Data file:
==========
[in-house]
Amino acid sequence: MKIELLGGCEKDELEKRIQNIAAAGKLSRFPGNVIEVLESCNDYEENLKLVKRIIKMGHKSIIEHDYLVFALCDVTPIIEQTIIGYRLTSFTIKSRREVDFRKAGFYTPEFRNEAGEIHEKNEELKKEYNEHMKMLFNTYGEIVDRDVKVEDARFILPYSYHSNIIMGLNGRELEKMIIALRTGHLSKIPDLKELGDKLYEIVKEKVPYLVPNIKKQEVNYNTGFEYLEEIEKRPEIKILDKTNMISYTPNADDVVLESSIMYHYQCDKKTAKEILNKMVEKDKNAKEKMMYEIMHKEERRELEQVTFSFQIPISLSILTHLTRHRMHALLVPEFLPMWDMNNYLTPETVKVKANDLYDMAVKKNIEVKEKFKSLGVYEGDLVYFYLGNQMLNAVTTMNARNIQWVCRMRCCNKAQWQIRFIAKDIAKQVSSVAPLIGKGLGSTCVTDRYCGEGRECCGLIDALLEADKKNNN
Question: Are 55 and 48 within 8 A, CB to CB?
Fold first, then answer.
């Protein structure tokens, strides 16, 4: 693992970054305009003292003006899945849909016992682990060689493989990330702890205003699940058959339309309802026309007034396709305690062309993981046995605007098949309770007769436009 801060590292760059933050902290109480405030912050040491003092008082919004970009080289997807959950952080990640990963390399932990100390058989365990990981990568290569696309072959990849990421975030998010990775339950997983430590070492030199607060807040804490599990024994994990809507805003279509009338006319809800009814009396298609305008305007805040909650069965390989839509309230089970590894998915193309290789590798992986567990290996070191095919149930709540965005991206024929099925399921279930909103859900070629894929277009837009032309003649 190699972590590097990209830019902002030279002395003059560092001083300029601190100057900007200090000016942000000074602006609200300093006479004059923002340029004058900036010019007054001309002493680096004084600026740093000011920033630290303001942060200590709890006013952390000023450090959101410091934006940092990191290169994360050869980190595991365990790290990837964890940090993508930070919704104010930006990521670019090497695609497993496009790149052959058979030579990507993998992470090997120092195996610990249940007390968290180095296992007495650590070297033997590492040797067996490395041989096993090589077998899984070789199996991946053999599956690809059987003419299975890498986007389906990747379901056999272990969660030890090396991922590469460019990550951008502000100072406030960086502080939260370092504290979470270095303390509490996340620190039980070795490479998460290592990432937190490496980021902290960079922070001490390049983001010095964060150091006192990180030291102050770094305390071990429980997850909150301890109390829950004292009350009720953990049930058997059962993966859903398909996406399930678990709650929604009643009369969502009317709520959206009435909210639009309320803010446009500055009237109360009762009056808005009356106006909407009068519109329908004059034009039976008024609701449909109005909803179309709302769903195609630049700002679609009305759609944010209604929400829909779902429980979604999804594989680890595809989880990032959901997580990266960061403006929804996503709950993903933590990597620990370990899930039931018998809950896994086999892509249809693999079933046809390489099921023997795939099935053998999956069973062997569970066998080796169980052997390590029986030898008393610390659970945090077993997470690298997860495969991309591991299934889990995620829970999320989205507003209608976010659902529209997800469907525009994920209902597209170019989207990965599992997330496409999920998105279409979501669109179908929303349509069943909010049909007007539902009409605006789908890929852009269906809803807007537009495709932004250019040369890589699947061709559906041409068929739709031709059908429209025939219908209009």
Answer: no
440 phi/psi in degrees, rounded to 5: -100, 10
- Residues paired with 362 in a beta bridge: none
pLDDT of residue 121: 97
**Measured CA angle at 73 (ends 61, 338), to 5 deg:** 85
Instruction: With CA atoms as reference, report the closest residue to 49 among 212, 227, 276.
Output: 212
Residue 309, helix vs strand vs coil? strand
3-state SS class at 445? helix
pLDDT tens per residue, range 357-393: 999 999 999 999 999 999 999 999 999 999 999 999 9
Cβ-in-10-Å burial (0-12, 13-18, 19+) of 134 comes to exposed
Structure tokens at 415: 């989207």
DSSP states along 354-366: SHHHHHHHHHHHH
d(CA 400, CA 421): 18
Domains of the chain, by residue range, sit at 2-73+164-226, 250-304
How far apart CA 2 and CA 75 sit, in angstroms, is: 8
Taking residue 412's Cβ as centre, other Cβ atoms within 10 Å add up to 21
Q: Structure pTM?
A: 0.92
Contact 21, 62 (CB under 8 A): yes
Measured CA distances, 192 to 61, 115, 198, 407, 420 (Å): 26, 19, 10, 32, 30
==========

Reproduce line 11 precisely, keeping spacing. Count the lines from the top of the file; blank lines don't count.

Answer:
Instruction: With CA atoms as reference, report the closest residue to 49 among 212, 227, 276.